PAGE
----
FinTechs to Heal the Rift Between Consumers and Cash

Fintechs to heal the rift between consumers and cash

Written by J S

September 22, 2022

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Fintechs to heal the rift between consumers and cash

Since the death of Queen Elizabeth II, King Charles III has been tasked with incorporating many new and practical changes. One of which is His Majesty’s portrait, due to appear on existing designs of all four polymer banknotes (£5, £10, £20 and £50) and expected to co-circulate with the Queen’s currency by mid-2024.

However, research suggests that Britain will become almost cashless by 2024 and in an increasingly digital world, Forbes is now referring to him as King Charles The Cashless. As such, it seems a certainty that the UK will become a cashless society under his reign. A recent report from UK Finance, the banking trade body, estimates that just one in every 20 transactions will be made in cash by 2031. This follows reports that nearly three-quarters of people prefer to use cards or digital wallets. With only 14 per cent of people opting for notes and coins.

Electronic Transactions: Top Choice

The rift between consumers and cash is so great, that more than half of people think that notes and coins will be out of circulation by 2030. Forty-seven per cent of people who rarely carry cash, say it’s for security reasons. While 82 per cent said it is easier to pay by plastic or digital wallet.

Electronic transactions are also becoming the top choice for retailers and other consumer-facing businesses who prefer the convenience, time and cost savings and security of digital payments.

A New Banking Landscape

Naturally, the banking landscape has also changed to accommodate Cashless payments and digital wallets. John Howells, chief executive at Link—the UK’s largest ATM network, has warned of a cashless catch 22 effect, meaning fewer ATMs, leading to even less cash. In an interview with The Telegraph,  Mr Howells said:  “Since the beginning of the pandemic, cash use is down by 40 per cent – and is still falling.” He went on to add:  “We have five to ten years to fix digital payments before cash becomes unworkable, and need to start planning how to get the new system working for all.”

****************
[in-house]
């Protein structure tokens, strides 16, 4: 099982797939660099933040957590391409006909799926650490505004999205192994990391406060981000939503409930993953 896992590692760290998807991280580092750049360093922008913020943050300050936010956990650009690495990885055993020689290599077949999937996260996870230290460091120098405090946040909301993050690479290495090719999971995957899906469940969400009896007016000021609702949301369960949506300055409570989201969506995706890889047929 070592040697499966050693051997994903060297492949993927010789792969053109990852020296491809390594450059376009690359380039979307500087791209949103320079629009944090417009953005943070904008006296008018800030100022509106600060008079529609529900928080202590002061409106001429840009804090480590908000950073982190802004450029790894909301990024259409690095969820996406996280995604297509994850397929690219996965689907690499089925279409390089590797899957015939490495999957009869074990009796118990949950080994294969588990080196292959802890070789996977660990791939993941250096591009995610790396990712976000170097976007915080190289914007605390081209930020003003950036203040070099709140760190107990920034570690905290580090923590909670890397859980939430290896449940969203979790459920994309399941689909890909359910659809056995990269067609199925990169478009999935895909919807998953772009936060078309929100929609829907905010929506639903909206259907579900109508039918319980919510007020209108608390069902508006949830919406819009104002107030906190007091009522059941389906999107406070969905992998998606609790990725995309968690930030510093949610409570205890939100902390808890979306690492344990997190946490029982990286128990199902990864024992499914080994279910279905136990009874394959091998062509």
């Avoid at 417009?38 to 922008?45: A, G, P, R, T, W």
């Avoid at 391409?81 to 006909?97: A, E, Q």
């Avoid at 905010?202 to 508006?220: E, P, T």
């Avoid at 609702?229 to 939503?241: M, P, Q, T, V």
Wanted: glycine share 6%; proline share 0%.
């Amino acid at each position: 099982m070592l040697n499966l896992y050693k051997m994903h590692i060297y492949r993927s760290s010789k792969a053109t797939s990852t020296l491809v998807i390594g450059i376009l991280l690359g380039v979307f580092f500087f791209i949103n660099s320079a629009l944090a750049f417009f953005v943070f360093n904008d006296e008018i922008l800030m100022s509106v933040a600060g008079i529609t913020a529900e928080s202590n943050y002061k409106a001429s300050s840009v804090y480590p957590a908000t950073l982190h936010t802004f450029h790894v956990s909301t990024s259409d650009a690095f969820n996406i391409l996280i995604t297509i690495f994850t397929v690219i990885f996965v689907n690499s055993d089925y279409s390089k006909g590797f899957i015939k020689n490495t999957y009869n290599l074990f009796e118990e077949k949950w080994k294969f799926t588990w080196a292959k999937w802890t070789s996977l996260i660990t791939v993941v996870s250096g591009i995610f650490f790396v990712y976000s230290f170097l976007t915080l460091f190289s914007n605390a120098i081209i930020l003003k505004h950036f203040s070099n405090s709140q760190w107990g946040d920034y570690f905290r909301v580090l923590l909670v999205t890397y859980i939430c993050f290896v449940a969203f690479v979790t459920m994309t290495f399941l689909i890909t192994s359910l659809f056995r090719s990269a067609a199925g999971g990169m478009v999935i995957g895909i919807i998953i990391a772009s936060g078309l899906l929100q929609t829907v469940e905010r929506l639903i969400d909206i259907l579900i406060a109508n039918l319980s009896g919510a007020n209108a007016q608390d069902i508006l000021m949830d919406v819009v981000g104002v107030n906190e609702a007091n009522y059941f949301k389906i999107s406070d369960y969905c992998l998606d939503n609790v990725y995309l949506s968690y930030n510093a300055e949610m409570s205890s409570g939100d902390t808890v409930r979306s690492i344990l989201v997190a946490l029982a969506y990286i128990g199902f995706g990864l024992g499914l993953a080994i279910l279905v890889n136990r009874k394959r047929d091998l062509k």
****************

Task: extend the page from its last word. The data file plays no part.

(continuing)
A Convenient Cashless World

Digital currency requires considerable consideration in order to minimise disruption and any negative impacts on those most hesitant to adopt it. However, as many people agree, a cashless world is not only more convenient, but has the potential for a significant impact on crime reduction, as well as having a positive impact on government economic policy. As The Bank of England and the European Central Bank are preparing their own trials, China, Japan and Sweden have already begun trialling central bank digital currency. The Bahamas has already rolled out the world’s first official digital currency. In a guest post for the New York Times,  the professor of trade policy at Cornell University, Dr Prasad explains:  “Central-bank digital currency can also be a useful policy tool. Typically, if the Federal Reserve wants to stimulate consumption and investment, it can cut interest rates and make cheap credit available. But if the economy is cratering and the Fed has already cut the short-term interest rate it controls to near zero, its options are limited. If cash were replaced with a digital dollar, however, the Fed could impose a negative interest rate by gradually shrinking the electronic balances in everyone’s digital currency accounts, creating an incentive for consumers to spend and for companies to invest.”

FinTechs: Delivering Solutions

One of the means of transitioning to the digital world is for FinTech leaders to innovate in order to deliver user-friendly and cost-effective solutions. Nabeel Irshad, VP, government & public sector, FinTech ESG UK & Ireland, Mastercard UK and Ireland said:  “Banks and other providers must improve the digital skills of those who lack them by providing better, more inclusive access to information on financial services.” Much like telecommunications modernisation, cash digitisation is happening at a rapid rate and brings significant benefits for both consumers and businesses. Ensuring maximum benefits and minimal disruption requires the type of creative and innovative solutions that FinTech’s are renowned for. This, in collaboration with governments and regulators.

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